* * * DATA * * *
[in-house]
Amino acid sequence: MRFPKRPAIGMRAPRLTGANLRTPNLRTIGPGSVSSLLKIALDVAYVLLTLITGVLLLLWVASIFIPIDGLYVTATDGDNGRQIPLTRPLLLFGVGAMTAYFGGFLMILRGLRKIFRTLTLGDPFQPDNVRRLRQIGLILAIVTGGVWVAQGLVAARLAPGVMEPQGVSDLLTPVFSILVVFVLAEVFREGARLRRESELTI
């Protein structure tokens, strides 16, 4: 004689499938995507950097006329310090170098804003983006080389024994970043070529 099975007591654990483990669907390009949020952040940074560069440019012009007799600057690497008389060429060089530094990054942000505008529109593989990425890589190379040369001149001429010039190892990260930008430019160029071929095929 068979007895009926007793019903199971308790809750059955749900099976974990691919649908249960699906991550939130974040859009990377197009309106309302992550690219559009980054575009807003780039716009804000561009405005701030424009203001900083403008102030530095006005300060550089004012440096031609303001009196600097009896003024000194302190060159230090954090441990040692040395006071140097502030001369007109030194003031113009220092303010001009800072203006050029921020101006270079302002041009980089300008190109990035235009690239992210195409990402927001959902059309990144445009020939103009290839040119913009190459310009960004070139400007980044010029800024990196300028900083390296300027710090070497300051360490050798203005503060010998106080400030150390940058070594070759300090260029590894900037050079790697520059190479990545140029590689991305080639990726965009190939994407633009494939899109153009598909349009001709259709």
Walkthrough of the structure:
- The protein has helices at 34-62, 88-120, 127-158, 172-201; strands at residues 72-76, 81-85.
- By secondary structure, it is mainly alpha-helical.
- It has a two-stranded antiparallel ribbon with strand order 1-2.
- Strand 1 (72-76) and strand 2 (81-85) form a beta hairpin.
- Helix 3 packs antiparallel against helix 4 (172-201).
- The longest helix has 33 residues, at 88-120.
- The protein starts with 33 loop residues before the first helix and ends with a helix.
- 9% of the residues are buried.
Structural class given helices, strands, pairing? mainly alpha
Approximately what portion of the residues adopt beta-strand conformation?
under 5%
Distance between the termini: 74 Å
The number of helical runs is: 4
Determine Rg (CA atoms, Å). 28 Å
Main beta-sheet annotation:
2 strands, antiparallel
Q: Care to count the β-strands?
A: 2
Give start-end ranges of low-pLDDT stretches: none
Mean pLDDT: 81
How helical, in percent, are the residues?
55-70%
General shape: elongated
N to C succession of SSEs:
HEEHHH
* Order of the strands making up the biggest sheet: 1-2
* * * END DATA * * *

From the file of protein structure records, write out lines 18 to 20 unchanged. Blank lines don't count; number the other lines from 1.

Determine Rg (CA atoms, Å). 28 Å
Main beta-sheet annotation:
2 strands, antiparallel